Because President Trump was on board with and instrumental in driving many of the TCJA changes, it should come as no surprise that for many aspects of taxation, his current plans involve making very few changes, other than to eliminate various sunset features, thereby making them permanent. Trump has floated some ideas to cut taxes further, but most such ideas were mentioned only verbally and primarily occurred prior to the pandemic and the resulting trillions of dollars of expenditures made by the federal government. Official campaign material shows very little detail, consistent with the notion that overall, most of his planned tax law changes were already implemented with the monumental TCJA, and plans for further reductions were swatted to the ground by COVID-19.

By contrast, former Vice President Biden’s plan has been reduced to writing on his campaign’s website, and it involves numerous changes. Generally his proposed changes involve rolling back a number of 2017’s TCJA changes, and sometimes modifying them somewhat, but he also has a number of new proposals. Most are designed to increase taxes on corporations (but provide some breaks for those focusing certain efforts within the U.S.), increase taxes on upper-income individuals, and decrease taxes (sometimes resulting in what could be described as negative taxes, in the form of “refundable credits”) for middle or lower-income individuals.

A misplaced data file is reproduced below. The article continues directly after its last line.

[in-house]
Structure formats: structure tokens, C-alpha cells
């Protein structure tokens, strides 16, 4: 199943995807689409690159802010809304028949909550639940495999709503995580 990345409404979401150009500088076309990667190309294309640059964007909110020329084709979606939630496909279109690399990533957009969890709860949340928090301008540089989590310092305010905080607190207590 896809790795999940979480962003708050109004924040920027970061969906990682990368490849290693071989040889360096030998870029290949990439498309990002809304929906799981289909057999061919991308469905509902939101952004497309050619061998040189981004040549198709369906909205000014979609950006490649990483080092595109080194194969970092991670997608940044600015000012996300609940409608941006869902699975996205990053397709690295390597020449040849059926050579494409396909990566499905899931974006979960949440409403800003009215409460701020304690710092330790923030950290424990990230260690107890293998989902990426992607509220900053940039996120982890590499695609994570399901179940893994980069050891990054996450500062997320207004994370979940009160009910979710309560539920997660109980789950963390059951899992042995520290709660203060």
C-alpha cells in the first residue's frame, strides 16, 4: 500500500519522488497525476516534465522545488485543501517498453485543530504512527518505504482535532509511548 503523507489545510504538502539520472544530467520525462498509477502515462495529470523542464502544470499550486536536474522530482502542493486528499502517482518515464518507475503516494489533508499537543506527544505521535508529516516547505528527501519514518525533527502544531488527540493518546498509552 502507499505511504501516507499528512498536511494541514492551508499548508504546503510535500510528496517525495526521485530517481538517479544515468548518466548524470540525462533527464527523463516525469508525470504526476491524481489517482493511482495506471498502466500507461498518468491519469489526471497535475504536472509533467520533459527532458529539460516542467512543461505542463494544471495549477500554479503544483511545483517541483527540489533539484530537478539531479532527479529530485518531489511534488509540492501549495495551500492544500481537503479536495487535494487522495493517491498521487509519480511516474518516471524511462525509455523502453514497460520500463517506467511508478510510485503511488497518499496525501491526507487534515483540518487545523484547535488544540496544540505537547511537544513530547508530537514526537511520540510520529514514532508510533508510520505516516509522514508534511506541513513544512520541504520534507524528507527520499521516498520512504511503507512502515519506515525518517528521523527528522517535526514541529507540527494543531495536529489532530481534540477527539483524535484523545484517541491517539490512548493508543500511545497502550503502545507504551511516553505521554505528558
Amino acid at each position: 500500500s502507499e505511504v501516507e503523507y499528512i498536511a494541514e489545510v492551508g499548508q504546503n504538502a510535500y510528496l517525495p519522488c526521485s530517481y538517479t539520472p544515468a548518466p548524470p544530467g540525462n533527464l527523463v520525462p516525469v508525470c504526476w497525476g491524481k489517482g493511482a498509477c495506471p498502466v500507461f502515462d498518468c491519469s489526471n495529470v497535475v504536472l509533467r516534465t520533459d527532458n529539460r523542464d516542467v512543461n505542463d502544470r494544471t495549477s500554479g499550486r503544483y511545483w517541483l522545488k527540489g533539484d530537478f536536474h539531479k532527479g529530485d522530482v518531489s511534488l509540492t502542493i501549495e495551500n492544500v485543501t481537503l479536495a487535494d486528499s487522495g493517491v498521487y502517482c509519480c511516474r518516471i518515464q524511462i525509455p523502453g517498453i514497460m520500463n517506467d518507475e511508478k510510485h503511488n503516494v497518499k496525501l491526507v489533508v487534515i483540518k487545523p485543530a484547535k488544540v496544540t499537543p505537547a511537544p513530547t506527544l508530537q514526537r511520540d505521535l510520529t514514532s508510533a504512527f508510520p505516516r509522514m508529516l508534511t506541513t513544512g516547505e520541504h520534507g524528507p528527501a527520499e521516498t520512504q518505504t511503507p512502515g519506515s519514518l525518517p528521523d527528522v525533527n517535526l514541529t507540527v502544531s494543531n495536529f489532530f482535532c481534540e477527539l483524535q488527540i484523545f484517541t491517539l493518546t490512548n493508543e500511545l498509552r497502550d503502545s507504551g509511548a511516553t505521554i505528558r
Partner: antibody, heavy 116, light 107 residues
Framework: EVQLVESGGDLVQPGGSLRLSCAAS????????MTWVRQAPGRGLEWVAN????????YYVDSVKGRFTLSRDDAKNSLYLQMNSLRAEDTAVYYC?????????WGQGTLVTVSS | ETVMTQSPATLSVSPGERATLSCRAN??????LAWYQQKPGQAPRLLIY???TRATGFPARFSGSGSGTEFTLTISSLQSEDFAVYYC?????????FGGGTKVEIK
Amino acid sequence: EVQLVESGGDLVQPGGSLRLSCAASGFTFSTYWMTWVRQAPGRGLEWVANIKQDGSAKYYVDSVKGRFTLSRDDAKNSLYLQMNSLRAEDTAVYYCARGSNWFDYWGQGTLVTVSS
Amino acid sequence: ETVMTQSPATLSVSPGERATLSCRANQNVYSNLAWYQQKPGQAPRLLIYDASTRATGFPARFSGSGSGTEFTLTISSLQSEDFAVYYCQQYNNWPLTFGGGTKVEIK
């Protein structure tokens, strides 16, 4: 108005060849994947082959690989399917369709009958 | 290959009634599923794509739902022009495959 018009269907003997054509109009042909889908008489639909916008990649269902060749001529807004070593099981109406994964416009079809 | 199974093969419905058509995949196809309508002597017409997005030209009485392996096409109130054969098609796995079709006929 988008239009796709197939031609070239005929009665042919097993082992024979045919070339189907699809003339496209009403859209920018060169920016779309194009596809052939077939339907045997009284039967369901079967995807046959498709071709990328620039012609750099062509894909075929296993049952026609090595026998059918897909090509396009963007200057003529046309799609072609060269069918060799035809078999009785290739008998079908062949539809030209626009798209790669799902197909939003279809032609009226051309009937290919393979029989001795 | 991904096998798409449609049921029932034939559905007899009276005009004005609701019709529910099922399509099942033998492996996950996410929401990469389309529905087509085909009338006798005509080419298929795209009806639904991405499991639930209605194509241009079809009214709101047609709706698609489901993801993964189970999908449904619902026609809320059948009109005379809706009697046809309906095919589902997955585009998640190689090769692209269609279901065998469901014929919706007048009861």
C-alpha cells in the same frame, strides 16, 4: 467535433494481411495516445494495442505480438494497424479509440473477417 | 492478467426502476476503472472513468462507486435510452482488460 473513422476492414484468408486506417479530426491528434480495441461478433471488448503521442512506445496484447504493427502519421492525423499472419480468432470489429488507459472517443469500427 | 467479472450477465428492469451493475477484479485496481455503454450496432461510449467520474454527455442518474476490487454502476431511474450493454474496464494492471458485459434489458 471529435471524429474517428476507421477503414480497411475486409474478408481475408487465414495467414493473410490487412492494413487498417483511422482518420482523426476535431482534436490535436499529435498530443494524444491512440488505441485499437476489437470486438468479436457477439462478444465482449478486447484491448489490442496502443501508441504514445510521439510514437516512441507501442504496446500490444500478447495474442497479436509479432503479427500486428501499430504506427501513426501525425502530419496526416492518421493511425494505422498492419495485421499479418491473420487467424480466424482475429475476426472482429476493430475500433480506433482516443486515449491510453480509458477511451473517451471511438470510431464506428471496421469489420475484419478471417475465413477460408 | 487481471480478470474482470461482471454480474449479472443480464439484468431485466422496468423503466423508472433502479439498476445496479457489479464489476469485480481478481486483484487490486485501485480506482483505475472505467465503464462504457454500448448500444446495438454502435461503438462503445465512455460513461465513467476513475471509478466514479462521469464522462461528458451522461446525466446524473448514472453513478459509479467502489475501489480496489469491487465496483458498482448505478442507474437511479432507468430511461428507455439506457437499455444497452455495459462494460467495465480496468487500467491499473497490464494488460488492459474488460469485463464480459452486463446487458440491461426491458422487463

Individual taxes

Individual income tax rates – on ordinary income

 The TCJA altered individual tax rates, and increased the sizes of the rate brackets, generally lowering the rates that apply at any given income point. The top rate was reduced from 39.6% to 37%.

Biden Trump
The Biden plan would increase the top rate from 37% back to the 39.6% rate that applied prior to TCJA. The increase would apply only to those earning at least $400,000. Trump has floated (some time ago) the idea of a 10% tax decrease for the middle class, but primarily calls for making the current structure permanent, rather than reverting back to pre-TCJA rates upon sunset.